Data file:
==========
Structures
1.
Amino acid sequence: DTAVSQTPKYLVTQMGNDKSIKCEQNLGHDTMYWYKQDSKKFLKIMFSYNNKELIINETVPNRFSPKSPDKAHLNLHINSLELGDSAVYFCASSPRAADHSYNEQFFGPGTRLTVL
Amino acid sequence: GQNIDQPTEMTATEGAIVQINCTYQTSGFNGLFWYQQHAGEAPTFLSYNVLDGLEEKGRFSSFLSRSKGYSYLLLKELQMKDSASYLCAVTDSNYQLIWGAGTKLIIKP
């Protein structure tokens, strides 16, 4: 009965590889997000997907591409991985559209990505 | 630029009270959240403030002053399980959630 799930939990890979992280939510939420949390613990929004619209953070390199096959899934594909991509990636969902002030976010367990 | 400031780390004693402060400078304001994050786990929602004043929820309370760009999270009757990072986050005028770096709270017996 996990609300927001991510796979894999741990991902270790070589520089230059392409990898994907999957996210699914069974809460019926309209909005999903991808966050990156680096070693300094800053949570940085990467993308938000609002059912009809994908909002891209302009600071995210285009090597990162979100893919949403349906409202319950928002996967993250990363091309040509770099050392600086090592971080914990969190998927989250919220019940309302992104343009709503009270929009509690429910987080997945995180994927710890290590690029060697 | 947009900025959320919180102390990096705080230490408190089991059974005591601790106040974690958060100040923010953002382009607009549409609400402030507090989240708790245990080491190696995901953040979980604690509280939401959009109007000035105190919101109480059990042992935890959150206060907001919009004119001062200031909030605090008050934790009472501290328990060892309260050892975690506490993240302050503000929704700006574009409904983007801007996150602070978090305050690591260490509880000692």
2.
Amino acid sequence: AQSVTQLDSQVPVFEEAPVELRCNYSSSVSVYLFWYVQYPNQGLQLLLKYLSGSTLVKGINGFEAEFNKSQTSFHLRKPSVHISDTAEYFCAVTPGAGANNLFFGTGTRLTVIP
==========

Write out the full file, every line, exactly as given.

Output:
Structures
1.
Amino acid sequence: DTAVSQTPKYLVTQMGNDKSIKCEQNLGHDTMYWYKQDSKKFLKIMFSYNNKELIINETVPNRFSPKSPDKAHLNLHINSLELGDSAVYFCASSPRAADHSYNEQFFGPGTRLTVL
Amino acid sequence: GQNIDQPTEMTATEGAIVQINCTYQTSGFNGLFWYQQHAGEAPTFLSYNVLDGLEEKGRFSSFLSRSKGYSYLLLKELQMKDSASYLCAVTDSNYQLIWGAGTKLIIKP
């Protein structure tokens, strides 16, 4: 009965590889997000997907591409991985559209990505 | 630029009270959240403030002053399980959630 799930939990890979992280939510939420949390613990929004619209953070390199096959899934594909991509990636969902002030976010367990 | 400031780390004693402060400078304001994050786990929602004043929820309370760009999270009757990072986050005028770096709270017996 996990609300927001991510796979894999741990991902270790070589520089230059392409990898994907999957996210699914069974809460019926309209909005999903991808966050990156680096070693300094800053949570940085990467993308938000609002059912009809994908909002891209302009600071995210285009090597990162979100893919949403349906409202319950928002996967993250990363091309040509770099050392600086090592971080914990969190998927989250919220019940309302992104343009709503009270929009509690429910987080997945995180994927710890290590690029060697 | 947009900025959320919180102390990096705080230490408190089991059974005591601790106040974690958060100040923010953002382009607009549409609400402030507090989240708790245990080491190696995901953040979980604690509280939401959009109007000035105190919101109480059990042992935890959150206060907001919009004119001062200031909030605090008050934790009472501290328990060892309260050892975690506490993240302050503000929704700006574009409904983007801007996150602070978090305050690591260490509880000692």
2.
Amino acid sequence: AQSVTQLDSQVPVFEEAPVELRCNYSSSVSVYLFWYVQYPNQGLQLLLKYLSGSTLVKGINGFEAEFNKSQTSFHLRKPSVHISDTAEYFCAVTPGAGANNLFFGTGTRLTVIP